Craig briefs: Better City set to make presentation this week
Craig — Better City, an Ogden, Utah-based firm specializing in implementing business strategies and revitalizing regional economies, is hosting a series of open-house meetings across the county as part of the final phase of its project.
■ The first meeting is from 9 a.m. to 2 p.m. Tuesday at Colorado Northwestern Community College.
■ The second meeting is at 5:15 p.m. Tuesday at Craig City Hall.
■ On Wednesday, there will be additional presentations at 8 a.m. at Moffat County Fairgrounds Pavilion, 3 p.m. at Dinosaur Town Hall and 6 p.m. at Maybell Community Center.
In January, the commissioners contracted Better City, at a cost of $81,890, to spend about one year studying the county’s economic strengths and weaknesses before producing a final action plan.
Participate in The Longevity Project
The Longevity Project is an annual campaign to help educate readers about what it takes to live a long, fulfilling life in our valley. This year Kevin shares his story of hope and celebration of life with his presentation Cracked, Not Broken as we explore the critical and relevant topic of mental health.
Red-flag warning issued for the Beaver Creek fire
The Beaver Creek fire burning 24 miles north of Walden, has prompted a red-flag warning for the fire area, according to a news release.
As of Sunday, the Beaver Creek fire was 5 percent contained and has burned a total of 15,290 acres.
A red-flag warning is a forecast issued by the National Weather Service to inform area firefighting and land management agencies that conditions are ideal for wildland fire combustion and rapid spread.
When humidity is very low and there are high or erratic winds, the red-flag warning becomes a critical statement for firefighting agencies.
This fire has been spread by embers lifted into the air and transported by the wind ahead of the main body of fire. The fuel ahead of the fire is very receptive to these embers and when this fuel is ignited and grows, it then contributes to the amount of embers in the air.
Aerial mosquito spraying to begin in Maybell
As weather conditions allow, starting Wednesday through July 18 , Moffat County will conduct aerial mosquito spraying in the City of Maybell and surrounding areas, according to a news release.
Questions on spraying may be directed to Moffat County weed and pest manager, Jessica Counts.
Moffat County monitors and schedules all public aerial mosquito spraying events.
For more information, contact Counts at 970-824-9184.
Letter to the editor policy changes at newspaper
Craig Daily Press has changed its letter to the editor policy. Those who want to thank community members and businesses through a letter to the editor are only allowed to thank six entities or people per letter. If a person or organization wants to thank more than six people or entities, they’re welcome to purchase an advertisement. The newspaper encourages readers to call the advertising department at 970-824-7031 if they want to purchase an advertisement.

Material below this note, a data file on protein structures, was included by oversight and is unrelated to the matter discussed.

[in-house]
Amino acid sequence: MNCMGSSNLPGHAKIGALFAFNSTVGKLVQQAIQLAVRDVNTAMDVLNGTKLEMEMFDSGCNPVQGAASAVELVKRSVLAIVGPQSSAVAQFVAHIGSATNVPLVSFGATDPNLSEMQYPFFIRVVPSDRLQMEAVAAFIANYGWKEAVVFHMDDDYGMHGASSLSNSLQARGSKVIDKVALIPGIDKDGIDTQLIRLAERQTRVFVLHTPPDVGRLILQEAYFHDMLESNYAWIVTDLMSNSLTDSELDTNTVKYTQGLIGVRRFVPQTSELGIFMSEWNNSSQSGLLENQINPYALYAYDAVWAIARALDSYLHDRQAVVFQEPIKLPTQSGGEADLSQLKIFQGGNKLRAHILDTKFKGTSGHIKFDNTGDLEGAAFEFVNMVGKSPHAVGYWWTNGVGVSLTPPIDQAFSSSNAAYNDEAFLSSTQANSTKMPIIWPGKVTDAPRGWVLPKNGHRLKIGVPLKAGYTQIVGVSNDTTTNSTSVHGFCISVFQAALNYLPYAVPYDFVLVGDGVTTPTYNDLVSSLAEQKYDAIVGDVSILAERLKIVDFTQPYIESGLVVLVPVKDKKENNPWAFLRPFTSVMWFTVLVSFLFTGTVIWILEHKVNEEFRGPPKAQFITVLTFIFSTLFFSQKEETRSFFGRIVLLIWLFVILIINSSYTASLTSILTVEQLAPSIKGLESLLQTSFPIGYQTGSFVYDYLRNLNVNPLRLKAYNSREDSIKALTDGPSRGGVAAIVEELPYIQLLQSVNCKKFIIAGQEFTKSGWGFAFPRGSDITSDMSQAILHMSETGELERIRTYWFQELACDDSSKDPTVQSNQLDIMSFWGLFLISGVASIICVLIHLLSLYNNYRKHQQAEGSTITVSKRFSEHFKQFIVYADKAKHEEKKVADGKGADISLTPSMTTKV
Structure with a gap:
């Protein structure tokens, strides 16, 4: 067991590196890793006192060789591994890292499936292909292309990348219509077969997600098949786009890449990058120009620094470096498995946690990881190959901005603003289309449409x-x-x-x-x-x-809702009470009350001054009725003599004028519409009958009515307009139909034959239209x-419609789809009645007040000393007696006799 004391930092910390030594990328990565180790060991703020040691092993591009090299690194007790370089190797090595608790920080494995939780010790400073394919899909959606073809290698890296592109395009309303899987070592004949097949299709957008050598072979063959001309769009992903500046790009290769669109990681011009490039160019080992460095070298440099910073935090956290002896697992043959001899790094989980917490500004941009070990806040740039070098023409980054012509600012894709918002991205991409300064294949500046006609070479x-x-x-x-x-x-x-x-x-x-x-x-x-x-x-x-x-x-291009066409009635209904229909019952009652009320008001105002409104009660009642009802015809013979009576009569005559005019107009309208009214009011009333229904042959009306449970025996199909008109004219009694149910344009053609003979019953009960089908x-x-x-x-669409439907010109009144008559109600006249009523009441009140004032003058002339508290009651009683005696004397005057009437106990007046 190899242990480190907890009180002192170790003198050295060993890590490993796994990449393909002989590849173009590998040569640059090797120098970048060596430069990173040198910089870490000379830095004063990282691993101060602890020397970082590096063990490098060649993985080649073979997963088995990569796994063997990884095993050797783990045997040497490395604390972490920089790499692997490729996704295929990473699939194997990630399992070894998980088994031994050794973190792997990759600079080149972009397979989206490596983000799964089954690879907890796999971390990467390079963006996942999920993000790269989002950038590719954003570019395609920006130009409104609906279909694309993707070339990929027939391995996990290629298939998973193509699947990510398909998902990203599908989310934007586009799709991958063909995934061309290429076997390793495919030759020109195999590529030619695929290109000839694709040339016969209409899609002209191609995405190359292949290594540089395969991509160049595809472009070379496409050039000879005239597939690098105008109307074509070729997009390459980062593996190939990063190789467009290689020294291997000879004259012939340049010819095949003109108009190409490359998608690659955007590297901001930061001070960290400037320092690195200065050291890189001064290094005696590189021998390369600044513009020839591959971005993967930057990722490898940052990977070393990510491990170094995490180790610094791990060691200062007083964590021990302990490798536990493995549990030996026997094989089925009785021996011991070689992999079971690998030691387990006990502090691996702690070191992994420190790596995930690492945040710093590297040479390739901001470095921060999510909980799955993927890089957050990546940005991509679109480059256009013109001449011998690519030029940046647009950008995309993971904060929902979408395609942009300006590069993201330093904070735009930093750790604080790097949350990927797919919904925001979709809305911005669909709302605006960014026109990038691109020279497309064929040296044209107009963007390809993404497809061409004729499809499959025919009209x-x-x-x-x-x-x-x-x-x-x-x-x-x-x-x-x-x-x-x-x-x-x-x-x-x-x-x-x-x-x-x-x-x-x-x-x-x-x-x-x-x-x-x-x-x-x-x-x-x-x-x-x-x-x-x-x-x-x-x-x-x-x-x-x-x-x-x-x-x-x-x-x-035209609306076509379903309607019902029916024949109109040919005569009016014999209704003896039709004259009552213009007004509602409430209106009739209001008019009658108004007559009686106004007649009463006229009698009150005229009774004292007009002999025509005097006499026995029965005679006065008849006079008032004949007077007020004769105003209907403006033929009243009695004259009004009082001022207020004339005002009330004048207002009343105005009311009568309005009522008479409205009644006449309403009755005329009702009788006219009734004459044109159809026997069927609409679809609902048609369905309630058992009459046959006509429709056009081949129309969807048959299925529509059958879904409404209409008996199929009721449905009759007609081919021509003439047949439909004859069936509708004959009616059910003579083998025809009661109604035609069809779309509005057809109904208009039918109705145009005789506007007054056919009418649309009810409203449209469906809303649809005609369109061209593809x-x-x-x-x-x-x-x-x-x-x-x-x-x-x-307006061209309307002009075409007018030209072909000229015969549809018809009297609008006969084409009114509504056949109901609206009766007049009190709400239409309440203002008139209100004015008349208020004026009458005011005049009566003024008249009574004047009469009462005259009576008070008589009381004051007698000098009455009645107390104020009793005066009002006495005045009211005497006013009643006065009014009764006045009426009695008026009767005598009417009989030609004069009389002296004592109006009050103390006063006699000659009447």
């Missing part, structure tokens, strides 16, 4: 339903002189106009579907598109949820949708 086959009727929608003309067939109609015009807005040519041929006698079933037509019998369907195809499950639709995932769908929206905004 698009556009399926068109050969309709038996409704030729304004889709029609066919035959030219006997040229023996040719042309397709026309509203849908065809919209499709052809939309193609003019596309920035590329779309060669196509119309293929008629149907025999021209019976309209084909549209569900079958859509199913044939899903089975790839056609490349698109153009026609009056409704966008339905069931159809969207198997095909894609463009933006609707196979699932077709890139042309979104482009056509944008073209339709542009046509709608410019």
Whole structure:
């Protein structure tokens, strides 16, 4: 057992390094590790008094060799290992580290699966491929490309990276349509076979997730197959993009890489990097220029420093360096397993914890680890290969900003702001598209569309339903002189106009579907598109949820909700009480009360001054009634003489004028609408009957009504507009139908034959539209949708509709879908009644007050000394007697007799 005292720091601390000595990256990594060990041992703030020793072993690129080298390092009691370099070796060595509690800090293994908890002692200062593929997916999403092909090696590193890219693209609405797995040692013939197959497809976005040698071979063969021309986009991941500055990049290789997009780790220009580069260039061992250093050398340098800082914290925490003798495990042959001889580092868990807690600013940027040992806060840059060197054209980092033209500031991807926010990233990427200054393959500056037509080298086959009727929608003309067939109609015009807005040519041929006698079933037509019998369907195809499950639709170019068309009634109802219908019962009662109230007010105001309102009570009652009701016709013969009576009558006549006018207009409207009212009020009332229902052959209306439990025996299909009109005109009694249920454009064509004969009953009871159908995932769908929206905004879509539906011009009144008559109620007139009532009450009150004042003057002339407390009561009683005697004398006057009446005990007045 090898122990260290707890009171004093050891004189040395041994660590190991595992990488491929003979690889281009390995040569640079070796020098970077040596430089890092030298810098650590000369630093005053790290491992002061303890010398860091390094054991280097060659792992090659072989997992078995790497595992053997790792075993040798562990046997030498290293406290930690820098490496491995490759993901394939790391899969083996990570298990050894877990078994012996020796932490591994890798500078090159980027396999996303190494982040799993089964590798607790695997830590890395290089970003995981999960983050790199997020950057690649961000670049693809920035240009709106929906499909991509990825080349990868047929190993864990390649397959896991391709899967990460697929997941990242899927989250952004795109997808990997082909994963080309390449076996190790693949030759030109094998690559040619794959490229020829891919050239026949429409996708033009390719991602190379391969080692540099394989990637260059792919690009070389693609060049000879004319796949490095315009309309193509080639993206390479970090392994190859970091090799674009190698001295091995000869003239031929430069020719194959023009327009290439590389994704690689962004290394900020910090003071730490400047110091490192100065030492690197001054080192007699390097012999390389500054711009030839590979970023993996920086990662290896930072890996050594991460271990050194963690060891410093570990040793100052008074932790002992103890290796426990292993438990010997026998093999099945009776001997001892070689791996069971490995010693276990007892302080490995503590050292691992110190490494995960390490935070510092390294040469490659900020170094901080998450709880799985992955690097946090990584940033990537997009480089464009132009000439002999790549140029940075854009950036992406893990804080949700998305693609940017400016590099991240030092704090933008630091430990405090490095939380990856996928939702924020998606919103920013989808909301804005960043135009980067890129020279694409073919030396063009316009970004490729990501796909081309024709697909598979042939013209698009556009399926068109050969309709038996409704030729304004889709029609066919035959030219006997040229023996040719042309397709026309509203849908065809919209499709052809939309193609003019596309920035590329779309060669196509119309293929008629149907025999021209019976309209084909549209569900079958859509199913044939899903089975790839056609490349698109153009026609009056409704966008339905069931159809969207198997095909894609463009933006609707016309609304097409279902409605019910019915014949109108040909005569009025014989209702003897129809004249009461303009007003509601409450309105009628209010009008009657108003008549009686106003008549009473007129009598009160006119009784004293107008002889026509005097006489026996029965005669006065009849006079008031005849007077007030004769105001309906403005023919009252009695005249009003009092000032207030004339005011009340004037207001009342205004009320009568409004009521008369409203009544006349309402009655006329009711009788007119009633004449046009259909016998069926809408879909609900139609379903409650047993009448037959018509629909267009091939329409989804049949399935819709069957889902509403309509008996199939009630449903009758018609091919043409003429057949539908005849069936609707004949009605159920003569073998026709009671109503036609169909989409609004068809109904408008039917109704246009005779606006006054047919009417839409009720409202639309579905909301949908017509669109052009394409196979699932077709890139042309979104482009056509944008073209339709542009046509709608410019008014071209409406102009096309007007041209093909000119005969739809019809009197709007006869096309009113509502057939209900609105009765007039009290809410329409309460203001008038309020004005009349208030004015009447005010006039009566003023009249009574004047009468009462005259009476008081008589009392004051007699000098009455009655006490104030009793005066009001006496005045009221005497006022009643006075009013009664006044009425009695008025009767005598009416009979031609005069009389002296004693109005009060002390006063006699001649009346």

For more information, or if readers have questions, call editor Noelle Leavitt Riley at 970-875-1790.
Public reminded to leave young wildlife alone
This is the time of year when wild animals give birth, and Colorado Parks and Wildlife reminds the public not to approach, touch or handle young animals, according to a news release.
During spring and early summer, people often see young animals that appear to be alone in the forest, in backyards, on or near trails or along the sides of roads.
Deer provide a good example of how wildlife adapt behaviors to help them survive. Young fawns have no scent and are born with speckled coats that provide a natural camouflage. These two factors help them avoid being found by predators. When a mother doe senses a predator might be close, it moves away. Many other animals use similar survival techniques.
Elk and moose calves also are left alone by their mothers. If you see one, move away quickly. Do not move closer or attempt to get the animal to move.
Young birds often fall out of their nests or are pushed out of nests by parents to encourage them to fly.
Watch out for mountain lions during summer
Sightings of mountain lions are becoming more common in Colorado as more people move into and recreate in their habitat, according to a news release. Colorado Parks and Wildlife says that, while attacks by cougars on people are exceedingly rare, the agency still advises exercising caution.
■ Hiking: Hike with a partner, carry a pole or stick and make some noise as you’re moving along. When hiking with children, keep them close.
■ If you see a cougar: Don’t run, because that action can trigger a lion’s predator response. Raise your arms above your head and make yourself look big, then back away slowly, talk to it firmly in a loud voice and, if possible, throw a stick or rock at the animal.
■ Children: Tell children to play close to the house, especially at dusk.
■ Near your home: Clear brush from buildings and the yard to eliminate hiding places.
If you see a mountain lion in your area and you’re concerned, please call the closest CPW office.
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